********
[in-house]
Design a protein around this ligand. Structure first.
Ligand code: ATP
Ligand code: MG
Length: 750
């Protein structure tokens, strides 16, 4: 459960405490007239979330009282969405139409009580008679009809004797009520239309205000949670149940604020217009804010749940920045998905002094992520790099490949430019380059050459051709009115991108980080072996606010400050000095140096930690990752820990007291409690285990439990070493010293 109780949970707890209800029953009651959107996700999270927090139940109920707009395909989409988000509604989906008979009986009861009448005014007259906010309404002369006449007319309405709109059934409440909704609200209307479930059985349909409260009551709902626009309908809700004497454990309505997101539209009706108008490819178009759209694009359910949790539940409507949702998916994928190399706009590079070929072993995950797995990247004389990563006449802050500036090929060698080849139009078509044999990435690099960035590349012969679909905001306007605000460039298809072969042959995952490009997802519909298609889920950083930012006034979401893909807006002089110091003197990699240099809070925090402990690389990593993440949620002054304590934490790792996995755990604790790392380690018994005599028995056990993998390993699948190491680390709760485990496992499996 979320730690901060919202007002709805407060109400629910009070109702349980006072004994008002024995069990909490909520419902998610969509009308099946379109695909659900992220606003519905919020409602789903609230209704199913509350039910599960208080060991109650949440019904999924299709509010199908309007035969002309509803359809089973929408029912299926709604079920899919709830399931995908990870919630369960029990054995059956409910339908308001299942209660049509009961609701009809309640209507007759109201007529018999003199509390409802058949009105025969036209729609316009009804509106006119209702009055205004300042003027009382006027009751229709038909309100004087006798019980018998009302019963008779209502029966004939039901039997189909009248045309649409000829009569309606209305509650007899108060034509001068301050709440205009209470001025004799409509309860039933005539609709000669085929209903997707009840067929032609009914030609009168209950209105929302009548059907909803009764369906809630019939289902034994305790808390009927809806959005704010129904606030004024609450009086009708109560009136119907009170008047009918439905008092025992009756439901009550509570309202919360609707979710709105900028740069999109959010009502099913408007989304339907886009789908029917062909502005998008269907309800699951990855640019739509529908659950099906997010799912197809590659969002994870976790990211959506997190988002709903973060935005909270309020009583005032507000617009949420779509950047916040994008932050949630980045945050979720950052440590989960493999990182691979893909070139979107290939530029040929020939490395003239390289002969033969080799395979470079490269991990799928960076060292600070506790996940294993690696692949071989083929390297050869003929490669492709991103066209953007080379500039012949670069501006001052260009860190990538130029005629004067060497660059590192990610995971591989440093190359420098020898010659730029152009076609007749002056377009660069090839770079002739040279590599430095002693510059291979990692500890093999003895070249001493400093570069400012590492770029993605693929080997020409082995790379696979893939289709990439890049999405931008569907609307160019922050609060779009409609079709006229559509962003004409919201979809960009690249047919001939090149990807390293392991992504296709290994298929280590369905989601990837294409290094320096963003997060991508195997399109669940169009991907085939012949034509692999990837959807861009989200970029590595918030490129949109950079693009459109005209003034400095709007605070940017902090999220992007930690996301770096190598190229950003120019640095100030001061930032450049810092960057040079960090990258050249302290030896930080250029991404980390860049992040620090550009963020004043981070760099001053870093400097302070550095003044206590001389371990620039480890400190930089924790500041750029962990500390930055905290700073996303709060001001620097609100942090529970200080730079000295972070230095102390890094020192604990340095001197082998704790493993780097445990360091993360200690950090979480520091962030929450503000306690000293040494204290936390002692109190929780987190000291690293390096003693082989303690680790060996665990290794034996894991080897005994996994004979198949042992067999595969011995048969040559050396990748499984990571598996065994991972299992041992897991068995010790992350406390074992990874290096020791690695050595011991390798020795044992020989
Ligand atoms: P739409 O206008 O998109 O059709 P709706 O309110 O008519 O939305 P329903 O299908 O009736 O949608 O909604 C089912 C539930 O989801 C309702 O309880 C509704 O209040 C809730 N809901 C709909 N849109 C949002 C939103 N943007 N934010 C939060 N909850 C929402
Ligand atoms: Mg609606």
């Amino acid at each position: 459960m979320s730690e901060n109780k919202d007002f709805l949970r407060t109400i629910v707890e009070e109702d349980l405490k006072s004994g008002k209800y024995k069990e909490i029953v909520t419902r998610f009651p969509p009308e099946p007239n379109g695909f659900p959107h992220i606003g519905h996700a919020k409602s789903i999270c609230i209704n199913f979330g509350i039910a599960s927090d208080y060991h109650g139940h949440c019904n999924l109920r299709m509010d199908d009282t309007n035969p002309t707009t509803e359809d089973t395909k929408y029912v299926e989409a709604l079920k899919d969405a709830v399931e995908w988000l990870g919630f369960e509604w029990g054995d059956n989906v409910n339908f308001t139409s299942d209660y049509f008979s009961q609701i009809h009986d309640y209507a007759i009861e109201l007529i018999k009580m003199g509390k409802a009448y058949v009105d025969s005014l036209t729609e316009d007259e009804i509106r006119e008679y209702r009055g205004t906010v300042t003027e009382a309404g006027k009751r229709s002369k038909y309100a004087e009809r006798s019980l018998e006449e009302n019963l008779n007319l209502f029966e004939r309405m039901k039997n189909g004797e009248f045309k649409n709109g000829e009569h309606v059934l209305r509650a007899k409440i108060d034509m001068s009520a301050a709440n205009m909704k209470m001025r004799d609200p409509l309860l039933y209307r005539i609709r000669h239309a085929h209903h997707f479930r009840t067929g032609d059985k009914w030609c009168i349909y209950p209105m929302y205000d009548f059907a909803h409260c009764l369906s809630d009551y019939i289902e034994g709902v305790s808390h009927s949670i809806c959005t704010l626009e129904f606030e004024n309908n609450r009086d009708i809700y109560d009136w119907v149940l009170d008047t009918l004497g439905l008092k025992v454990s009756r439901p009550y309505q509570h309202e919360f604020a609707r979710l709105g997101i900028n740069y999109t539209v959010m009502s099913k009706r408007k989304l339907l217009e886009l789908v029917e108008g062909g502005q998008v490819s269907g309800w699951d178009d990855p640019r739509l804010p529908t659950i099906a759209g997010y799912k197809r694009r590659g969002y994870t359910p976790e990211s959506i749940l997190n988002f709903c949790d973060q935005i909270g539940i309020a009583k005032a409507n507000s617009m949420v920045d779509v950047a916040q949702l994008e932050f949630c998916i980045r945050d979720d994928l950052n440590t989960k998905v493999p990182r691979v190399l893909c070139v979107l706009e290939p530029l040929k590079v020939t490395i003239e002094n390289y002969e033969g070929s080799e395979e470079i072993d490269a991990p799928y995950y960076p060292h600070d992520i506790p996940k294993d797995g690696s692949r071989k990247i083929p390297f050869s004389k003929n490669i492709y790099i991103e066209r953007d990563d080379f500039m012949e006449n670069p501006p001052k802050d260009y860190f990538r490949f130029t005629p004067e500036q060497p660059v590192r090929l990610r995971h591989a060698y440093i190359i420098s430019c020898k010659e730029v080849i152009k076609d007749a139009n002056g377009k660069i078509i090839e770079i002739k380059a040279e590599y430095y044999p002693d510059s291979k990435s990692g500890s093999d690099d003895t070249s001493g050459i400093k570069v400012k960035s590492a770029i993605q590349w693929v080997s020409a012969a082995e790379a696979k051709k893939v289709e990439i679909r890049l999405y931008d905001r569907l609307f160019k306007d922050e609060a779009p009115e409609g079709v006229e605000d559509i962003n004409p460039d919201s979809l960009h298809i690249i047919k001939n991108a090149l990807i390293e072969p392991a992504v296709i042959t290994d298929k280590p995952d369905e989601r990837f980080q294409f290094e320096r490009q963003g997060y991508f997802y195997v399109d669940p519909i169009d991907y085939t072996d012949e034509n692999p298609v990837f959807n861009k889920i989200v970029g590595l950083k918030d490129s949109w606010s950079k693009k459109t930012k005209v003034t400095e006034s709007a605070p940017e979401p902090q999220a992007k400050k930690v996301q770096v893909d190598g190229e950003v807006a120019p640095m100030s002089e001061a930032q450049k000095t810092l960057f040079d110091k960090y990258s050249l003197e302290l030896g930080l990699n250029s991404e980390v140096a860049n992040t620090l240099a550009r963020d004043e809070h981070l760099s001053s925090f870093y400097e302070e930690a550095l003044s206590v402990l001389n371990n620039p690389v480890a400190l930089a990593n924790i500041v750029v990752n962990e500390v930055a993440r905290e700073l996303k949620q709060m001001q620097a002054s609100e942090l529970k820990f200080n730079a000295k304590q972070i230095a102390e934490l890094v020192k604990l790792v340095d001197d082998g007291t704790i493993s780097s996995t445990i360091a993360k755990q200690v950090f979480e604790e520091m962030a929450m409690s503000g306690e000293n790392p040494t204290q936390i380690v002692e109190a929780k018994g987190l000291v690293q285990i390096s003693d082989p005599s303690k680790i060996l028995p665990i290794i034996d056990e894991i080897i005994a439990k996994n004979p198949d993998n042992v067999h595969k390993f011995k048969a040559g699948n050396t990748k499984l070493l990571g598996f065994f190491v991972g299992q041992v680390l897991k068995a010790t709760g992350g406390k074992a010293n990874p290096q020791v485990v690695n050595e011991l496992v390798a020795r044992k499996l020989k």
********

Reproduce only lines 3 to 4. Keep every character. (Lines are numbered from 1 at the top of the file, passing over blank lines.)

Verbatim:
Ligand code: ATP
Ligand code: MG